Incident radiation on the imager is refracted in a different direction by each successive transmission region 6 of the chopper 4 thereby implementing microscan. Successive frames are interleaved digitially in a frame store within the electronic circuit 9, prior to display on the cathode ray tube 11. This results in several disadvantages of the overall system.
1. The system can be quite electronically complex and requires frame storage.
2. The system complexity results in inevitable system expense.
3. By interlacing the data in a frame store before subsequent display in a single frame, the temporal continuity of the imaging process is destroyed, resulting in a loss of the benefits of microscan when the image is moving. This is particularly so when the imager is panned, resulting in multiple images being produced each corresponding to the position of the image o the detector in each of the microscan fields. Since these are essentially uncorrelated due to the imager motion, extensive data manipulation would be required to overcome the problem.
4. In general such systems utilise a cathode ray tube (CRT) for the display of information to the user. Such displays, although commonly used, suffer from considerable disadvantages. In particular, the CRTs are manufactured using vacuum glass technology, and as such are particularly fragile unless steps are taken to ruggedise the tube. Also likely to suffer damage from vibration and shock are the delicate electrodes and phosphor screen coatings. Although ruggedised CRTs are available they are expensive and more bulky than their conventional equivalents. In addition, the power consumption of CRTs is usually in excess of one watt, and can run to several watts for the larger and/or ruggedised tubes, not including the requirements of the drive electronics. A further problem associated with CRT displays is that the electronic drive circuits rarely operate with the same scan sequences as the detector, resulting in the requirement for additional frame storage and data resequencing--if only at different timings-- between the detection and display processes.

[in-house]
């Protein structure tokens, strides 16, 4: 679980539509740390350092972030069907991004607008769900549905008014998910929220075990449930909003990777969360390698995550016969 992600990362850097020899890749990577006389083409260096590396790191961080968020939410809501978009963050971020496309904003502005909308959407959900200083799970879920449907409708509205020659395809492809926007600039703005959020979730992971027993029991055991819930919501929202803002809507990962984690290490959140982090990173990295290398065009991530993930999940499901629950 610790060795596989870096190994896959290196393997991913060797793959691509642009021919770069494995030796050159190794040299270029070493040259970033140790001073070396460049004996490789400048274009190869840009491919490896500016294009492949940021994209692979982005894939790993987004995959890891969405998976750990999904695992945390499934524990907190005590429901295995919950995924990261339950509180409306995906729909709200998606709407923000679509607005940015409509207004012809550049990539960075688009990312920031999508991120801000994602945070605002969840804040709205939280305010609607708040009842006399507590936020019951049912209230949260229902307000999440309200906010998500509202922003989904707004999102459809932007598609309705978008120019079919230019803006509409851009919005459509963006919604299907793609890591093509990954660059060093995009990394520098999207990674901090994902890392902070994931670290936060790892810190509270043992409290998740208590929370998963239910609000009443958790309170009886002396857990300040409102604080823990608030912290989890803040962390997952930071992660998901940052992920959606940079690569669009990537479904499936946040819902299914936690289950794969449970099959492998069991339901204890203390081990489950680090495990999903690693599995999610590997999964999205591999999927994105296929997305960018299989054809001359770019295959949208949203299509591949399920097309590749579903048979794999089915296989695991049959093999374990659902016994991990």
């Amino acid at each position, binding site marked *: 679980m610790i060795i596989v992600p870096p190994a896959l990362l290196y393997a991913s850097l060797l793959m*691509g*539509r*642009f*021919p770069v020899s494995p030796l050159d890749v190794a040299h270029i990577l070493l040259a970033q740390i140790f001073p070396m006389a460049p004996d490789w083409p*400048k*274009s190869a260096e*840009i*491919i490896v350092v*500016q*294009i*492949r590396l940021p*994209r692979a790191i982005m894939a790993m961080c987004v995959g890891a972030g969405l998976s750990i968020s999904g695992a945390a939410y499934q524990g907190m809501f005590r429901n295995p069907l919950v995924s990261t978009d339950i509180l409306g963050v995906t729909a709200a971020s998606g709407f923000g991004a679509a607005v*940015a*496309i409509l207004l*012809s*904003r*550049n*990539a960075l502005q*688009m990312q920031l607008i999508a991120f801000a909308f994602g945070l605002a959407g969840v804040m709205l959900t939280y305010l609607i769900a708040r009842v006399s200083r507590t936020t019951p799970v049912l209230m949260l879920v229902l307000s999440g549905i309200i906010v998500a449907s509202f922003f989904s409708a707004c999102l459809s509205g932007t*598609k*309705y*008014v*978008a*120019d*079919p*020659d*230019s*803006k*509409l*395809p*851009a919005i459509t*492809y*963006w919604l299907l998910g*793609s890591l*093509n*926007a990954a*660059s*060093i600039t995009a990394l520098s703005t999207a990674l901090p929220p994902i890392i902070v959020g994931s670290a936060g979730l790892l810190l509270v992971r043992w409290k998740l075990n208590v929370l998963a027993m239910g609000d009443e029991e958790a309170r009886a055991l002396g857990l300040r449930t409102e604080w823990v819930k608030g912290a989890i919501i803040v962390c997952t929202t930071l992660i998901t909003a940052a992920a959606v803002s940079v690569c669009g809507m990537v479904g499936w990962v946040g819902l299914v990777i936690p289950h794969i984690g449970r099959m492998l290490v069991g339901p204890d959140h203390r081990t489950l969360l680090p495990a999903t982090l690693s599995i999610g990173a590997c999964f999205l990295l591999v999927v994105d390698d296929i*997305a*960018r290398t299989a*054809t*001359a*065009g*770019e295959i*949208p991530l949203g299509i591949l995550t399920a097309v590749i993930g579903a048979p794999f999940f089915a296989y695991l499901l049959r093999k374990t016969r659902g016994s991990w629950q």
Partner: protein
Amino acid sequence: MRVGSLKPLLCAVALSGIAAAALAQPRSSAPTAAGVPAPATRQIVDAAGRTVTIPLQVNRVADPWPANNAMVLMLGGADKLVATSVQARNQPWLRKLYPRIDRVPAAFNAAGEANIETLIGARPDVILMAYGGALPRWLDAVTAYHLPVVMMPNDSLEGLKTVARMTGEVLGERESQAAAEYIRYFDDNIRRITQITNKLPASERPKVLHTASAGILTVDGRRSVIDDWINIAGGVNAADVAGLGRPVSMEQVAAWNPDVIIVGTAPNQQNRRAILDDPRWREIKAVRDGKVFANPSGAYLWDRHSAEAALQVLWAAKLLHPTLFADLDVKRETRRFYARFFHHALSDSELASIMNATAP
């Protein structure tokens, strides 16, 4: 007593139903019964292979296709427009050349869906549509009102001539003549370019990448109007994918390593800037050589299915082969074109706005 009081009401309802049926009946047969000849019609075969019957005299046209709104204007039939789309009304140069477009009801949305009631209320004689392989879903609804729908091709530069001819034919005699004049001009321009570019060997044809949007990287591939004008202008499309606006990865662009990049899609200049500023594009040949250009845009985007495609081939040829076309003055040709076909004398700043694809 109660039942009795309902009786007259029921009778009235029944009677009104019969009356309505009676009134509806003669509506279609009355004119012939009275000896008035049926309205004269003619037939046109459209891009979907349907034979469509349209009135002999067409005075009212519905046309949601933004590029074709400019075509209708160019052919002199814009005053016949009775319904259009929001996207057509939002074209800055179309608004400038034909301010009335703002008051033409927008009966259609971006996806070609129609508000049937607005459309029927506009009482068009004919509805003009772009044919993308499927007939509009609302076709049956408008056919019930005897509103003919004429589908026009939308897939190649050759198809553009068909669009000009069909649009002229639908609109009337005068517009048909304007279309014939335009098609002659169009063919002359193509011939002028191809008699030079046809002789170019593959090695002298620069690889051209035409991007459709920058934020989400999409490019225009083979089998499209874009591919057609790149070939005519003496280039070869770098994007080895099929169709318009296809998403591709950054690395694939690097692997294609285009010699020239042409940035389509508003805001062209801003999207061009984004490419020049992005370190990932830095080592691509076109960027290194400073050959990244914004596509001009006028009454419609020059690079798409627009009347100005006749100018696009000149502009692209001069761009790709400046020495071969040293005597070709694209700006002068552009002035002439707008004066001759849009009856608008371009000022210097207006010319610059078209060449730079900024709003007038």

An image overcoming the need for a cathode ray tube to display an image (which is the subject of another copending application having the same date of filing as the present application, Ser. No. 07/748,212) is disclosed in FIG. 4.
The imager of FIG. 4 comprises a lens 20 focusing radiation onto a sensor array 21. In operation radiation incedent on the sensor array 21 is interrupted by a chopper 22, which is shown in greater detail in FIG. 5. The chopper is driven by motor 23, energised by battery 24, and is synchronised to an electronic circuit 25, which reads each frame of the sensor array 21 sequentially line by line, as each leading edge 26 of each chopper blade 27, passes over it. The electronic circuit 25 energises a linear array of LEDs 28 such that they are illuminated in dependence upon the radiation received by each corresponding element of the line being read from the sensor array 21. A reflective surface 29 of a polygon 30 driven by the motor 23, scans radiation from the array of LEDs such that, due to natural persistence of vision, an image apparently comprising a two dimensional array of LEDs depicting the image received by the sensor array 21, is seen by an operator.
The present invention arose from the realisation that the principles of the two inventions above described could be employed to provide an improved imager.
According to the present invention there is provided an imager comprising: a lens for focusing received radiation onto a two dimensional array of sensor elements; mechanical means for displacing an image incident on the array of sensor elements relative to the array to effect microscan; an array of optical elements which generate an output in dependence upon radiation incident on the sensor array; and means for variably deflecting radiation from the optical elements in synchronism with the means for effecting microscan. Preferably the radiation from the optical elements is deflected in opposite sense, and in proportion to the displacement of the image on the sensor elements.